Public transportation systems, such as buses and subways, are how millions of people are able to get around the cities in which they live. In 2018, Americans took 9.9 billion trips using public transportation. Access to public transit is especially important for people with physical disabilities or those who are blind and cannot drive. These systems are key to independent mobility.
In areas with sprawl and great distances between public transit stops exist, even getting to a bus stop can be difficult for riders. In urban planning, this is often called the “the first mile/last mile” problem.
New technologies, like fully self-driving vehicles, are helping to bridge the first mile/last mile gap to connect more people with transit.
We talked with Joe Gregory, manager of service planning and GIS for Valley Metro, the regional public transportation authority for Greater Phoenix, about how his city is taking on the first mile/last mile issue. We also asked him about how the COVID-19 pandemic is rapidly transforming public transportation.
What are the impacts on the population of Phoenix for those who do not have easy access to public transit?
Maricopa County is home to 4.5 million people who reside primarily in 27 cities and towns, including Phoenix. The county is vast at 9,224 square miles: larger than the states of Connecticut, Delaware and Rhode Island combined. Due to its lack of density and size, covering the area with public transportation is challenging. Currently, bus routes cover a 527-square-mile area.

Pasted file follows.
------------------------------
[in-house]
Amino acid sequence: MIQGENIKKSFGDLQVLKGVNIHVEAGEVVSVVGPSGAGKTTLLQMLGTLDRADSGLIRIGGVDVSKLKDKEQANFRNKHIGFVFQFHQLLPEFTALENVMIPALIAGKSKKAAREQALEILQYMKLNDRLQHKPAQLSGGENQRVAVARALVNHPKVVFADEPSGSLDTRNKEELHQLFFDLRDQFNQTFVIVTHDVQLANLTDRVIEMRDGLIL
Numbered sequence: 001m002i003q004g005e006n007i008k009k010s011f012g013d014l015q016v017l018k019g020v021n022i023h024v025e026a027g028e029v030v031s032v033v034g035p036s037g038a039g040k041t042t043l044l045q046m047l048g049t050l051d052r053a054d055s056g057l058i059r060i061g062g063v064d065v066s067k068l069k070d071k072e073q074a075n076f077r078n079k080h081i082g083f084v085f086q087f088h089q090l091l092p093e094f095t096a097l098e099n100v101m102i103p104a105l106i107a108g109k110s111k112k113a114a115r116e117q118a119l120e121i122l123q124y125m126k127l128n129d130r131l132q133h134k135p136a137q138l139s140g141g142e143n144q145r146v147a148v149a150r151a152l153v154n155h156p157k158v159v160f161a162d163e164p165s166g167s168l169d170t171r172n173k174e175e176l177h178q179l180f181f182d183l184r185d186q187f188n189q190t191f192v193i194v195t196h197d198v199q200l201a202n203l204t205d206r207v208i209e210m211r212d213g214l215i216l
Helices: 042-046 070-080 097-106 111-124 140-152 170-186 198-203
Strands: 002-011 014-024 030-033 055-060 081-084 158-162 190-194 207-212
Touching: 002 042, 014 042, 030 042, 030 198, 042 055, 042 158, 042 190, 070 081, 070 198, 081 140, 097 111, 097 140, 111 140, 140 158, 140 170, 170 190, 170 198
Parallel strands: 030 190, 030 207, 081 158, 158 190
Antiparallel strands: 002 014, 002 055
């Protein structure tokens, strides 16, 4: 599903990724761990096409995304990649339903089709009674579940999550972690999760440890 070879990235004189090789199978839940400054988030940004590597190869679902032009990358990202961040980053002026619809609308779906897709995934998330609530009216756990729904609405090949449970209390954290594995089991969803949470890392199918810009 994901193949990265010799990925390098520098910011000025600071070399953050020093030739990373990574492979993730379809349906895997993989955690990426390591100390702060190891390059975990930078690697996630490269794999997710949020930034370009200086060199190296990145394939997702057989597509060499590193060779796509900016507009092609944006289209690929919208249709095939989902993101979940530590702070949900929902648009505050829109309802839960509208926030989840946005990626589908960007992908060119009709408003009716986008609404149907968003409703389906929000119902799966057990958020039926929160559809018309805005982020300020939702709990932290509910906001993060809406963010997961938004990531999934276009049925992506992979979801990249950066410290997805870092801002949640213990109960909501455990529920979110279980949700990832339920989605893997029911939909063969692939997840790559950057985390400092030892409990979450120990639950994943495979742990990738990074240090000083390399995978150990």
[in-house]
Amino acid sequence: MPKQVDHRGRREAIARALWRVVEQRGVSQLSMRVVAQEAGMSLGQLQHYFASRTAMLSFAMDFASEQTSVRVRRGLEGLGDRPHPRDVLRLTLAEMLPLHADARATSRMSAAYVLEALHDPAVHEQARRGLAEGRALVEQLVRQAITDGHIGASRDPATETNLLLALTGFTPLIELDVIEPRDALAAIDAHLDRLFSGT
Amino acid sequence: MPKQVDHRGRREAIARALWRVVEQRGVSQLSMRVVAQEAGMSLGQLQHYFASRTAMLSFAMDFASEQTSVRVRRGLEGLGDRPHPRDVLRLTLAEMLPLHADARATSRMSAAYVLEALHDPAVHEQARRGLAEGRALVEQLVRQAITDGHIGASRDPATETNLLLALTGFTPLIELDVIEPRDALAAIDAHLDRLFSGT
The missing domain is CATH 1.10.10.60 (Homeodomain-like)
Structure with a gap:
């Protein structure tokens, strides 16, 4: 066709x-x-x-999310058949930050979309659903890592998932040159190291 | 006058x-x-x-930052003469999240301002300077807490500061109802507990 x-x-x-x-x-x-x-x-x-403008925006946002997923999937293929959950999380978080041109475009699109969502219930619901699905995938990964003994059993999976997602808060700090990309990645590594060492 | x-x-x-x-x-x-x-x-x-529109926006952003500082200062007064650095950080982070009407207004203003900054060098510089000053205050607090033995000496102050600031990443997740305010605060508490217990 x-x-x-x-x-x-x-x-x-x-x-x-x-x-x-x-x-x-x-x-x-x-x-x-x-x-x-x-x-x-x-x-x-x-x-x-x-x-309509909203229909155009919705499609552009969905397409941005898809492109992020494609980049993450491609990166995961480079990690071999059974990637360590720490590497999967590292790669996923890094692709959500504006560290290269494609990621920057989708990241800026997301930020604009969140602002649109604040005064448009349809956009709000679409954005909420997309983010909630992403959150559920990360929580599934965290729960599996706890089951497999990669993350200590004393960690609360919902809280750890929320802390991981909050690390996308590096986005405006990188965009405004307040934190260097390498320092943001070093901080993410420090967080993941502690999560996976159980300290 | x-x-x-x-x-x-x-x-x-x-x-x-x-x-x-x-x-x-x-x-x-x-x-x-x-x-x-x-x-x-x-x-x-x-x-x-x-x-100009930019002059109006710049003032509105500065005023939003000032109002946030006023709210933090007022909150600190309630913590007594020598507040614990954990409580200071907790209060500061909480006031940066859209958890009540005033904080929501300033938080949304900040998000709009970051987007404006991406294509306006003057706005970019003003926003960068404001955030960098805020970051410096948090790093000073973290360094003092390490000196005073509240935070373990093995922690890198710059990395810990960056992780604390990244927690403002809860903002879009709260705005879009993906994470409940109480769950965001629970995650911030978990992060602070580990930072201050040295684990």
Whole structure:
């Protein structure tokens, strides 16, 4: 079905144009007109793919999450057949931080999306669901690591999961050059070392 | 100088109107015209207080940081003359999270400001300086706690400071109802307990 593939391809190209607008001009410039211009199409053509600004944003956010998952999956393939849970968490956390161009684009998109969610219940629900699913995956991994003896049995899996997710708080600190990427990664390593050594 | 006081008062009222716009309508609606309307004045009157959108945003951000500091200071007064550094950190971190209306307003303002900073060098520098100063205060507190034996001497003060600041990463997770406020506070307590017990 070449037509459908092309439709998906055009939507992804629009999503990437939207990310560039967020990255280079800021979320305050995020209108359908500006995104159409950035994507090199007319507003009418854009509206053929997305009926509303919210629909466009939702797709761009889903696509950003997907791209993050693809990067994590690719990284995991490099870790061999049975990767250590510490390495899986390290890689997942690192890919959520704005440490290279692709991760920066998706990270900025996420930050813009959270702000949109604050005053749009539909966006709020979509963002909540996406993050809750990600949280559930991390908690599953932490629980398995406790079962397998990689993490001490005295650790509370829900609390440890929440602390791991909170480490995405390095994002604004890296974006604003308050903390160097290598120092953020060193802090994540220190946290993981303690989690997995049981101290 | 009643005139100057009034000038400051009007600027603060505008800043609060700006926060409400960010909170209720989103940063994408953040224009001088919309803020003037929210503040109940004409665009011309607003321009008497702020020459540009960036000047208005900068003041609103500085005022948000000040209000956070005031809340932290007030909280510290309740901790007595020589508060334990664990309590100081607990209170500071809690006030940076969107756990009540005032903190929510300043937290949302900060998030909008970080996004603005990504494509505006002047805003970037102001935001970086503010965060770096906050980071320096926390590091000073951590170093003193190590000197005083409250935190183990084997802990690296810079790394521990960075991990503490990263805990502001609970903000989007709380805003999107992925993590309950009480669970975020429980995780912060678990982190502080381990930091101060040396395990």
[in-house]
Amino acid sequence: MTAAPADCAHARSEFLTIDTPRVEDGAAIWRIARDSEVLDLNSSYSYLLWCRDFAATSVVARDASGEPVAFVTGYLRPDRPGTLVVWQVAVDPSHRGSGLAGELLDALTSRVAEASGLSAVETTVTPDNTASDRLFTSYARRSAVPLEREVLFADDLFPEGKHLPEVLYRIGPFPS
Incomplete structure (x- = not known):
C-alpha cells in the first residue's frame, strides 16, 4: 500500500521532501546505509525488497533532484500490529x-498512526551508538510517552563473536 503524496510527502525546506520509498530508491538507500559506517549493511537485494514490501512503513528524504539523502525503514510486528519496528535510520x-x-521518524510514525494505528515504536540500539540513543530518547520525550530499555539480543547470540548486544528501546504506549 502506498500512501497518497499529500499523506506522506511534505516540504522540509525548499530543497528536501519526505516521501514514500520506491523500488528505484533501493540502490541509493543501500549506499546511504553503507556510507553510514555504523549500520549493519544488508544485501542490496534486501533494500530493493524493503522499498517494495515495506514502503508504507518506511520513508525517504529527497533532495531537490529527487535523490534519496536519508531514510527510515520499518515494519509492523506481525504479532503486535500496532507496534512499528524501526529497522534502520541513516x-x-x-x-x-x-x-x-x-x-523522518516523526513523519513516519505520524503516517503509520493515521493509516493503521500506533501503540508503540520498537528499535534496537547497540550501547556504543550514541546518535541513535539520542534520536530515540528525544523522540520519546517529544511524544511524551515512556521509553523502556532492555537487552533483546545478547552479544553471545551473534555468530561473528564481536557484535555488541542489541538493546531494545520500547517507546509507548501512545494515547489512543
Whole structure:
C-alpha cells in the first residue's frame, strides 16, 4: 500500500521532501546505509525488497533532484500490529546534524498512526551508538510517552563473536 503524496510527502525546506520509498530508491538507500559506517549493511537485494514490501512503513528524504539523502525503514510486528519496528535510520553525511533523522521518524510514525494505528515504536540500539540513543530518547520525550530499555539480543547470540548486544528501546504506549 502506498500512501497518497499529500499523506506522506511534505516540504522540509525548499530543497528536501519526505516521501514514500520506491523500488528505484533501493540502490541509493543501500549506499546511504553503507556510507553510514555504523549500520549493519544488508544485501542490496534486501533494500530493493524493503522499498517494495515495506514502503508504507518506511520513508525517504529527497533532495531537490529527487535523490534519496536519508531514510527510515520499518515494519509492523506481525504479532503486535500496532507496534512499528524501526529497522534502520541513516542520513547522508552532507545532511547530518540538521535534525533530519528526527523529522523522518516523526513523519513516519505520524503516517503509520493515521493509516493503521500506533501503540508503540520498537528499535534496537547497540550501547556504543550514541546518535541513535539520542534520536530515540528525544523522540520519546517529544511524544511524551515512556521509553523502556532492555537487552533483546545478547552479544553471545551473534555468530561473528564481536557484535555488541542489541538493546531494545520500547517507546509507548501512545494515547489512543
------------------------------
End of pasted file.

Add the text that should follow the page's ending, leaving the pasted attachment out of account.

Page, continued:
Therefore, residents living in Maricopa County without reliable transportation have fewer options to get to work, school, healthcare or shopping centers. Despite public support for public transportation, metro Phoenix remains a car-centric culture with roughly 2% of the population living in a zero-car household. Half of the population lives within one-quarter mile of a bus stop. Based on the Valley Metro 2019 Origin and Destination Study, nearly 50% of transit riders reside in zero-car households. For residents without a car or access to transit, there are very few options for economical transportation, which can lead to a severely constrained lifestyle.
What conversations are happening around the first-mile/last-mile obstacle?
The first mile/last mile obstacle presents a challenge for most transit agencies across the country, including Valley Metro. Without a way to connect to transit service at the beginning and end of the trip, transit service is less appealing. Since Phoenix is laid out on a one-mile grid system, there are many neighborhoods without effective direct access to the arterial transit service. Because of this, bikeshare opportunities have sprouted up, especially near light rail stations and transit centers.
What solutions are being explored to address and solve this gap in transportation needs?